What for?by Deacon José | 03/19/2023 | From the Clergy
We see what we want to see. If I know I will not like a place before I get there, I will find all the reasons why I don’t like it; but if I keep a positive mind, I will find many reasons to like it. The same happens if I don’t like someone, I will never see the goodness in that person; but if I keep an open mind, I may see it. In the Gospel, the blind recovers the sight and was very happy, but the Pharisees could only see that it was done on the Sabbath. Would the Pharisees have been more supportive if this had been done on another day? I doubt it, they only saw what they wanted to see, and they would have found another reason to dislike Jesus.
The disciples asked Jesus why this man was blind, who had sinned, him or his parents. It seems every time we find ourselves in a difficult situation, we always try to find the action or the “sin” that brought that punishment into our life. We ask “why, why me, what did I do?” And we drown in our sea of guilt. Jesus responded not to the “why” question, but rather as if he was asked “what for?” And he replied, “so that the works of God might be made visible through him”. As Christians, as disciples of Jesus, we should not focus on the “why” but rather on the “what for”.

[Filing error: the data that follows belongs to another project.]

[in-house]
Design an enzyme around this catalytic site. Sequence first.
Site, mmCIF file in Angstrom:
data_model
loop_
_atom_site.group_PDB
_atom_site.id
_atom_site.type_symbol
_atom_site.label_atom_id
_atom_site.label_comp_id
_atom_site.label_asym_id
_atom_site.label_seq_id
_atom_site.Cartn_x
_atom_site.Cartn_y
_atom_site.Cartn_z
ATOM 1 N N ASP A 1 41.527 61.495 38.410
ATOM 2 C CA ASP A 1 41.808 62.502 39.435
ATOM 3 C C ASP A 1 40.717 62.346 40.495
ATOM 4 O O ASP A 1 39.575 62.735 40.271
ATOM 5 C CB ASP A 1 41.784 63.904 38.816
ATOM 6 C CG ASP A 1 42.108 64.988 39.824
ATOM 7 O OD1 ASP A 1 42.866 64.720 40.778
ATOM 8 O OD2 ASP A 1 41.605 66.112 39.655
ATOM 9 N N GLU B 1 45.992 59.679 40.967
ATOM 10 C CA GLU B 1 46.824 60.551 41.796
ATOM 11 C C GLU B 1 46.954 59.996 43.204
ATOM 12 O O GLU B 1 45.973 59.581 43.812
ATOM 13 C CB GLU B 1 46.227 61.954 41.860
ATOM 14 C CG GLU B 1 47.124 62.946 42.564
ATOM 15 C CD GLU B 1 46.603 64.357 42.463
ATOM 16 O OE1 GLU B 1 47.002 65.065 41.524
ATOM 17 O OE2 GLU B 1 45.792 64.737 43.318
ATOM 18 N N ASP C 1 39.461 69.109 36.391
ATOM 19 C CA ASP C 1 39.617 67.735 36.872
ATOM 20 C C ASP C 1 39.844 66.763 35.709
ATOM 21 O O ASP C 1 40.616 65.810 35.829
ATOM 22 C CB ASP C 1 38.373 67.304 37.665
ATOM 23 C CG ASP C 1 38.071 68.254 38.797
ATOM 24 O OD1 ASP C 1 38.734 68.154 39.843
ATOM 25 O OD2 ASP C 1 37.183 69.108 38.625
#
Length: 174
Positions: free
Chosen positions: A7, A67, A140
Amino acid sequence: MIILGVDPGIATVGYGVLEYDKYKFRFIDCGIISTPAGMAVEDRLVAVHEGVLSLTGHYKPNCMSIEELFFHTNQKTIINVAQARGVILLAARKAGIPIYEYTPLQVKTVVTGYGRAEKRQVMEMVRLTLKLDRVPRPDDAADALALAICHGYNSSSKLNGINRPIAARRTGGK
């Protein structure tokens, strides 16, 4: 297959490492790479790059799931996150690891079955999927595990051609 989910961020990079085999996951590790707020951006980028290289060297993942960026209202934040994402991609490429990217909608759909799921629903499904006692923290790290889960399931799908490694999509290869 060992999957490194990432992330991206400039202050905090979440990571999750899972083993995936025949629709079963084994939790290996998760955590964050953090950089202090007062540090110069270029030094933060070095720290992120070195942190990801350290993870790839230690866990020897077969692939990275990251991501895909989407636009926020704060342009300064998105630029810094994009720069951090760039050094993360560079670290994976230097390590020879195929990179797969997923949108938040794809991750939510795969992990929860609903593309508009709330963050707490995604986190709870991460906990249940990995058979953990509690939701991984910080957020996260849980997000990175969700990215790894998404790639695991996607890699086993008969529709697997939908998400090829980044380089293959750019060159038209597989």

We should find the purpose of what is happening to us. What good is supposed to come out of this. In a personal experience I had over 10 years ago, I was consumed for several months asking “why, why me, what did I do to be punished like this”. When I switched my question to “what for” the answer was almost instantaneous, it was for me to understand that the Lord is my shepherd; there is nothing I shall want. In verdant pastures he gives me repose; That even though I walk in the dark valley I fear no evil; for He is at my side.BACK TO LIST BACK